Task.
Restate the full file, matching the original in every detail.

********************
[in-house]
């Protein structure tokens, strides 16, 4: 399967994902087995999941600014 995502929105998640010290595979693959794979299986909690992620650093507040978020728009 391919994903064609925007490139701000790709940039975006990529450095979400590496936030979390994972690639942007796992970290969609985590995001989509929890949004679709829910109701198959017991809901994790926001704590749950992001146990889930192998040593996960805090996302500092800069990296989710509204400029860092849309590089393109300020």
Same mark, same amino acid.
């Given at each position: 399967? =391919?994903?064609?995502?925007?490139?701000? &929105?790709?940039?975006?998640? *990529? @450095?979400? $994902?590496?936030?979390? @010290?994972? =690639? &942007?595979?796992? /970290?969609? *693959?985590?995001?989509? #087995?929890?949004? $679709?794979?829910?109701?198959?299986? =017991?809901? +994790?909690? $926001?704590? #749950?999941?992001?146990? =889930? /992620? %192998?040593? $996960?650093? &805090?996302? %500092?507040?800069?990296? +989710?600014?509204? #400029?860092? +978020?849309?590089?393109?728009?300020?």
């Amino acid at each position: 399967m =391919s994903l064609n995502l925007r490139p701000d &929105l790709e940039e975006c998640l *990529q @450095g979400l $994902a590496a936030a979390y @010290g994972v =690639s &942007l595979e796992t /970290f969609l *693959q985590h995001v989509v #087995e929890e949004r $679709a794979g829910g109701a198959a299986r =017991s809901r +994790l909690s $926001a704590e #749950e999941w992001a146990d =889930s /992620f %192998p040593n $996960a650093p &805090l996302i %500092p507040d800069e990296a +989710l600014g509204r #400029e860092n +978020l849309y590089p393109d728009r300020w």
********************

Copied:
[in-house]
């Protein structure tokens, strides 16, 4: 399967994902087995999941600014 995502929105998640010290595979693959794979299986909690992620650093507040978020728009 391919994903064609925007490139701000790709940039975006990529450095979400590496936030979390994972690639942007796992970290969609985590995001989509929890949004679709829910109701198959017991809901994790926001704590749950992001146990889930192998040593996960805090996302500092800069990296989710509204400029860092849309590089393109300020």
Same mark, same amino acid.
């Given at each position: 399967? =391919?994903?064609?995502?925007?490139?701000? &929105?790709?940039?975006?998640? *990529? @450095?979400? $994902?590496?936030?979390? @010290?994972? =690639? &942007?595979?796992? /970290?969609? *693959?985590?995001?989509? #087995?929890?949004? $679709?794979?829910?109701?198959?299986? =017991?809901? +994790?909690? $926001?704590? #749950?999941?992001?146990? =889930? /992620? %192998?040593? $996960?650093? &805090?996302? %500092?507040?800069?990296? +989710?600014?509204? #400029?860092? +978020?849309?590089?393109?728009?300020?």
């Amino acid at each position: 399967m =391919s994903l064609n995502l925007r490139p701000d &929105l790709e940039e975006c998640l *990529q @450095g979400l $994902a590496a936030a979390y @010290g994972v =690639s &942007l595979e796992t /970290f969609l *693959q985590h995001v989509v #087995e929890e949004r $679709a794979g829910g109701a198959a299986r =017991s809901r +994790l909690s $926001a704590e #749950e999941w992001a146990d =889930s /992620f %192998p040593n $996960a650093p &805090l996302i %500092p507040d800069e990296a +989710l600014g509204r #400029e860092n +978020l849309y590089p393109d728009r300020w």